Is Sen Graham right to "go to war" for Chick-fil-A?
- Chick-fil-A, a fast-food chain specializing in chicken sandwiches that spans 47 states, was founded by Truett Cathy in 1946 and was initially called The Dwarf House.
- The restaurant chain is known for its closed policy on Sundays that dates back to 1946. The founder “believes that all franchised Chick-fil-A Operators and their Restaurant employees should have an opportunity to rest, spend time with family and friends, and worship if they choose to do so.”
- On May 12, 2021, Notre Dame campus dining said they were considering adding Chick-fil-A to their dining hall, but on July 1, 2021, two students wrote a letter, “Keep Chick-fil-A away,” which criticized the idea. Over 170 students and faculty backed the letter that addressed “homophobic views” and Sunday principles.
- In response, Senator Lindsey Graham tweeted, “I want everyone in South Carolina and across America to know I have Chick-fil-A’s back. I hope we don’t have to, but I will go to war for the principles Chick-fil-A stands for.”
Living in a free country entails that everyone has the right to live life according to their chosen values. And the values that a company's owners have shouldn't dictate whether or not people have access to that particular business.
In an attempt to appease those critical of Chick-fil-A's values, the company has already cut donations to two organizations that many took issue with. Trying to prevent the chain from building locations is going too far. Chick-fil-A should be able to build wherever their happy customers will purchase their food, and that's part of the point Rep. Graham is making by promising to 'go to war.'
Additionally, many young people the same age as the Notre Dame students protesting the building of the campus restaurant have jobs in the service industry--such as at Chick-fil-A--and supporting Chick-fil-A means supporting other young people in need of employment.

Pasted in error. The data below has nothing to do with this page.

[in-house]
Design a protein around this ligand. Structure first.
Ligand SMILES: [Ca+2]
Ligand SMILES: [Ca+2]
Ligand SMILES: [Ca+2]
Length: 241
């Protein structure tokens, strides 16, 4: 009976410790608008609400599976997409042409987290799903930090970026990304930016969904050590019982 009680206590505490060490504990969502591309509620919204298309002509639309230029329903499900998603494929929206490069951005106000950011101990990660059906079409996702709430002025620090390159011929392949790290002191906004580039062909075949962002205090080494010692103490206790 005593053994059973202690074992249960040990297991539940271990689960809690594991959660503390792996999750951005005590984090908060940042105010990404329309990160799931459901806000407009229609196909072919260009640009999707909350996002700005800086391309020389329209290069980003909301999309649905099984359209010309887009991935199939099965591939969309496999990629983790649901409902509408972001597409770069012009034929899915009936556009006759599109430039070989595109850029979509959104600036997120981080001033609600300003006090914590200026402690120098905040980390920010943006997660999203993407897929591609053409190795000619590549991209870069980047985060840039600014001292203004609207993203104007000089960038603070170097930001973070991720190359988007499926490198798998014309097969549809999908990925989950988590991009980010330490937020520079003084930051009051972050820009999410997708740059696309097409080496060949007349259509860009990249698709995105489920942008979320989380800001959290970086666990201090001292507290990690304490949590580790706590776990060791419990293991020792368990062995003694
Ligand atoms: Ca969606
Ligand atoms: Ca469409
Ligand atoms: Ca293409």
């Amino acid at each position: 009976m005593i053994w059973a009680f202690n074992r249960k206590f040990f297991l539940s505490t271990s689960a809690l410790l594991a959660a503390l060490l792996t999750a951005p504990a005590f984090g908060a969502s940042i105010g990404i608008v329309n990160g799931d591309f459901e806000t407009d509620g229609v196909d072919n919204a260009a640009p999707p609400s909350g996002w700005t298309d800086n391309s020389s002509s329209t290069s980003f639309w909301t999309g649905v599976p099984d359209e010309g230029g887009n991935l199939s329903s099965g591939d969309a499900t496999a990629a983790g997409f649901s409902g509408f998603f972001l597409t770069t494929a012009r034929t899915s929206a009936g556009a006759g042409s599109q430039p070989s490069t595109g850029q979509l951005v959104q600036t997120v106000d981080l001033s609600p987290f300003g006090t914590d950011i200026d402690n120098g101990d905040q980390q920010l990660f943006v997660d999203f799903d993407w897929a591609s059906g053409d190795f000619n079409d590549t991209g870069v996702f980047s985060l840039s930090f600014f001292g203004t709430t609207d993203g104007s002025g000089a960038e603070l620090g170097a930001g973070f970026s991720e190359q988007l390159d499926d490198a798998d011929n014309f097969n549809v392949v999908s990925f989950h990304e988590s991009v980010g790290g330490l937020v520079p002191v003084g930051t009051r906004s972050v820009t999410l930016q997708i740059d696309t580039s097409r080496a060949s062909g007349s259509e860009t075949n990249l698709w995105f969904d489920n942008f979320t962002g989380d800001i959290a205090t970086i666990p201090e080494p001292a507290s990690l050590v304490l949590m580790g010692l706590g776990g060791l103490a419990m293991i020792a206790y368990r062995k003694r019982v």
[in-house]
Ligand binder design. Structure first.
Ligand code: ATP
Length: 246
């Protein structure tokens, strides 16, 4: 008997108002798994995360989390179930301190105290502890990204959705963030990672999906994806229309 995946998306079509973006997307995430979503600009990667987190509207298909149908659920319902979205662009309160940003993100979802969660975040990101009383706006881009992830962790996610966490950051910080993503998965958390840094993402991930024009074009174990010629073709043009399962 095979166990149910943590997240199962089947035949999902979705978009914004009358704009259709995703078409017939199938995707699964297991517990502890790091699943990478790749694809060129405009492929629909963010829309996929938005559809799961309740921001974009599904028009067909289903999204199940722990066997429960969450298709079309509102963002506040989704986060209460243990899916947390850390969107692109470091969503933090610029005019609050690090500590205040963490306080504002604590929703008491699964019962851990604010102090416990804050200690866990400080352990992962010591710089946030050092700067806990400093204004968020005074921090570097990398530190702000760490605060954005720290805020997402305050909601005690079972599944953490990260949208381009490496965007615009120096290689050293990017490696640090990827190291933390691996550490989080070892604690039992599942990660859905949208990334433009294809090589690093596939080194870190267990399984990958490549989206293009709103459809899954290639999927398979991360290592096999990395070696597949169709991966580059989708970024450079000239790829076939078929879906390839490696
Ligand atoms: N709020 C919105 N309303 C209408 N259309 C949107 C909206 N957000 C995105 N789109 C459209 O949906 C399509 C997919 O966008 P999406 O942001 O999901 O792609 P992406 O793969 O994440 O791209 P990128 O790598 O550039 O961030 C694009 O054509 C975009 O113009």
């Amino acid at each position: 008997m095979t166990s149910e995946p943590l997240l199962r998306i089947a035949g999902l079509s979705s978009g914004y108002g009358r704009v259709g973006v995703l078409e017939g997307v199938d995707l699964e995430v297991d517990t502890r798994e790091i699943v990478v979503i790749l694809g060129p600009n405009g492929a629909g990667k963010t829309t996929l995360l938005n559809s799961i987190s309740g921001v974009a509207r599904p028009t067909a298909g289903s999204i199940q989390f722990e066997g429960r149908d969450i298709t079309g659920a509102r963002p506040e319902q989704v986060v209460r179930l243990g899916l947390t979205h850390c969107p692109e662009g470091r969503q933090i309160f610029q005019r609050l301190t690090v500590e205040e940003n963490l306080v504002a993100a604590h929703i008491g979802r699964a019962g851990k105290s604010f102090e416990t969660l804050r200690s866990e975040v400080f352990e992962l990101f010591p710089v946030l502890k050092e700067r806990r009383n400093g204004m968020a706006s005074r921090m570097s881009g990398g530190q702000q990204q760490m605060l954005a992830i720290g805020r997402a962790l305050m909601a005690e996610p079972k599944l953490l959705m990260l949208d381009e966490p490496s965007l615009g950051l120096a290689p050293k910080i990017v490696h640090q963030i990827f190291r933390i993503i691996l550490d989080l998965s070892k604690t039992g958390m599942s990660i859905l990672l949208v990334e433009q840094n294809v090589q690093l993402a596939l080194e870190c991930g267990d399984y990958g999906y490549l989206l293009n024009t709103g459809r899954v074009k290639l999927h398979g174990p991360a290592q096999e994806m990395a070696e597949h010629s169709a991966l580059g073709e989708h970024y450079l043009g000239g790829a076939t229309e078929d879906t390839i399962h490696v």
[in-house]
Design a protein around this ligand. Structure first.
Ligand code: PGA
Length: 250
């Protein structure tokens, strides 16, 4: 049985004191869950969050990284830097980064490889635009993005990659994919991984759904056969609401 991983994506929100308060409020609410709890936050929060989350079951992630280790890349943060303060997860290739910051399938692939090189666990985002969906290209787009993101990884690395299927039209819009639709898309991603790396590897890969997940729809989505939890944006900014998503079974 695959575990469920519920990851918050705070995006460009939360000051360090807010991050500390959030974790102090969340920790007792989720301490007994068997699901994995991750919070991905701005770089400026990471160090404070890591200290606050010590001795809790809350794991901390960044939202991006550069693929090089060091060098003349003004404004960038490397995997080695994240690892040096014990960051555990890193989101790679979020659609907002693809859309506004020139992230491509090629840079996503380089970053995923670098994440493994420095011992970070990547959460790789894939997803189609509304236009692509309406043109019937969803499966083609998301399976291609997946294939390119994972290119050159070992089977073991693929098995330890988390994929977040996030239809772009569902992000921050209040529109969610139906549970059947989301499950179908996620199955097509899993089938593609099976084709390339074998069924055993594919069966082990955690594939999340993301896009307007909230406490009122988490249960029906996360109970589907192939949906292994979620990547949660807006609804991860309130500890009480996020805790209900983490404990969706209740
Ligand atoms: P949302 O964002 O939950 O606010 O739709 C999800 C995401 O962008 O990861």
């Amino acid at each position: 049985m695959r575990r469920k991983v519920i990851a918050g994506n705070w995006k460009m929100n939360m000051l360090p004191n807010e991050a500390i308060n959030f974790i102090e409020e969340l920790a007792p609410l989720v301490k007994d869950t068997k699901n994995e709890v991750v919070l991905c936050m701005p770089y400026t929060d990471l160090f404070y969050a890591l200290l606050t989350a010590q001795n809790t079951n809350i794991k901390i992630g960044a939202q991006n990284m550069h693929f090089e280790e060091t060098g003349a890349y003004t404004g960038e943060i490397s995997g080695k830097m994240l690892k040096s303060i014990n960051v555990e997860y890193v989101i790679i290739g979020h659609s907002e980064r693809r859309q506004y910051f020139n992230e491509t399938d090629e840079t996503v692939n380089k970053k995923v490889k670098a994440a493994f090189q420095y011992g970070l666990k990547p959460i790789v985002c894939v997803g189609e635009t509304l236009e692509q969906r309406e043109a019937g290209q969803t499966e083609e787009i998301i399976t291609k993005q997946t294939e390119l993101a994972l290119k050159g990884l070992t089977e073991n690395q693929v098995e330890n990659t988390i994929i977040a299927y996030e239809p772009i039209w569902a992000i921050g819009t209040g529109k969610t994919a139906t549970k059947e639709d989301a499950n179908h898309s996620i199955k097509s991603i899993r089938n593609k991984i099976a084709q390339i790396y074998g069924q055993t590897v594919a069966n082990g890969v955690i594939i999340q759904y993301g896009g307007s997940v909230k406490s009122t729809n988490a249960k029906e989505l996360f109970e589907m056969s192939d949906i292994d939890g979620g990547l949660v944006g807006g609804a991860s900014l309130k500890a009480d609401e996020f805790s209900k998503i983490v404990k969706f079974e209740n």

Further, the protesting students don't represent the entire student body of Notre Dame, as the university released a statement saying the overwhelming majority of students are pleased with the addition of the Chick-fil-A campus location. Rep. Graham is supporting those students. And those against the business can simply choose not to patronize the restaurant rather than bar access to it.
Rep. Graham is taking a stance against cancel culture--a toxic new trend that's harming both business and individual reputations, just so small groups of people can feel like they've done something heroic. This isn't healthy or productive for us as a society, and Rep. Graham being willing to take a stand against it is an honorable act.
North Carolina Senator Lindsey Graham's comments surrounding the Chick-fil-A/ Notre Dame controversy were completely uncalled for. He is inserting himself into an issue that does not involve his state or any of his own private business ventures.
Graham is attempting to cater to a specifically targeted demographic with his remarks. If he further evaluated the matter, he would realize that Chick-fil-A is slowly distancing itself from the 'principles' it proudly stood by in the past. Chick-fil-A has reconsidered its anti-LGBTQ stances and has attempted to scale back donations to particular organizations. Graham understands that gay marriage is a divisive topic and is trying to stir up controversy.
However, aside from the controversies surrounding the company's history toward the LGBTQ community, the Notre Dame students opposed to the campus restaurant are also calling out Chick-fil-A for its agricultural practices. Animal rights group Mercy For Animals uncovered cruel practices that occur in the company's chicken farms. The chickens exhibited in the videos contained several deformities that appear to be consistent with animals that receive growth stimulant hormones. If animal cruelty is a principle that Graham would 'go to war' for, his values need to be further evaluated.
Over 180 members of the Notre Dame student body and faculty signed the letter explaining that permitting a Chick-fil-A on campus is against the morals of the school and its students. Graham has no reason to 'go to war' because he doesn't even attend the university. It is simply a grab for attention and him attempting to restrict young students' voices and beliefs.
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